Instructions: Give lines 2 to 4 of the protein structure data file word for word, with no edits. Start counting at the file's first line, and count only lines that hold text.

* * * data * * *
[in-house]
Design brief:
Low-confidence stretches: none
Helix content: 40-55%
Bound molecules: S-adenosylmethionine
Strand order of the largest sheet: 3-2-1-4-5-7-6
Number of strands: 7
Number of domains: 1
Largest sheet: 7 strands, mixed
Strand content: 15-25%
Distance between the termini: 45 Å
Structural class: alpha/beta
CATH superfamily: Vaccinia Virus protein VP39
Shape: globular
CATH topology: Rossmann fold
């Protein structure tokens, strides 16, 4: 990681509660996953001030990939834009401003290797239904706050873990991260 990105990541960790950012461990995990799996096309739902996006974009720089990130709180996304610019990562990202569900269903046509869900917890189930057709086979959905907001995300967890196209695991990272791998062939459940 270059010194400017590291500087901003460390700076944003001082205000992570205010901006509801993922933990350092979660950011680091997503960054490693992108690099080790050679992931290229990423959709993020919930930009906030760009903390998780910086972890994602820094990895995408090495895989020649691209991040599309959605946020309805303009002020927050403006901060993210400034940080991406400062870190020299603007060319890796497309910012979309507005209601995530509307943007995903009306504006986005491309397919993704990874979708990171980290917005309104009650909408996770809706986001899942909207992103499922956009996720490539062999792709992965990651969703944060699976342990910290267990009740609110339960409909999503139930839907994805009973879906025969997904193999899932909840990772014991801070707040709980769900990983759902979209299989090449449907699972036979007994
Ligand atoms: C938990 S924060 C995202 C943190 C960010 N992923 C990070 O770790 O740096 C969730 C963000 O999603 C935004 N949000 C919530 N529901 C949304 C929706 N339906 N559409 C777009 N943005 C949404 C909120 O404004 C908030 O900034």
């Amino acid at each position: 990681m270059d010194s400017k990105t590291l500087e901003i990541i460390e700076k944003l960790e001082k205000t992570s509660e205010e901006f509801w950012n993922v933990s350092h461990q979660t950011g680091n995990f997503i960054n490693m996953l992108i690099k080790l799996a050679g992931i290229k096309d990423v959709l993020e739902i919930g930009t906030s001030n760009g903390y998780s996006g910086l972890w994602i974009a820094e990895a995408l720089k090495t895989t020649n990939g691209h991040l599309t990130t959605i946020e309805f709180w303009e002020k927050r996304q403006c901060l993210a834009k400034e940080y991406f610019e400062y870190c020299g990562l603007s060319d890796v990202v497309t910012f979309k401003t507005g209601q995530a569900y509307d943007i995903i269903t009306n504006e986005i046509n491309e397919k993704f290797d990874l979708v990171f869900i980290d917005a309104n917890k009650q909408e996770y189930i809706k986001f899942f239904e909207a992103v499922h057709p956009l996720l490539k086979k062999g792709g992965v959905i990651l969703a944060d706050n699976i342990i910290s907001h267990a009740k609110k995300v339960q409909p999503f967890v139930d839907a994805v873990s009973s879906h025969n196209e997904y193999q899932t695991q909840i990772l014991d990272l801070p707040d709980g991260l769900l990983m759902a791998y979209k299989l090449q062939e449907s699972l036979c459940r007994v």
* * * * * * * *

Design brief:
Low-confidence stretches: none
Helix content: 40-55%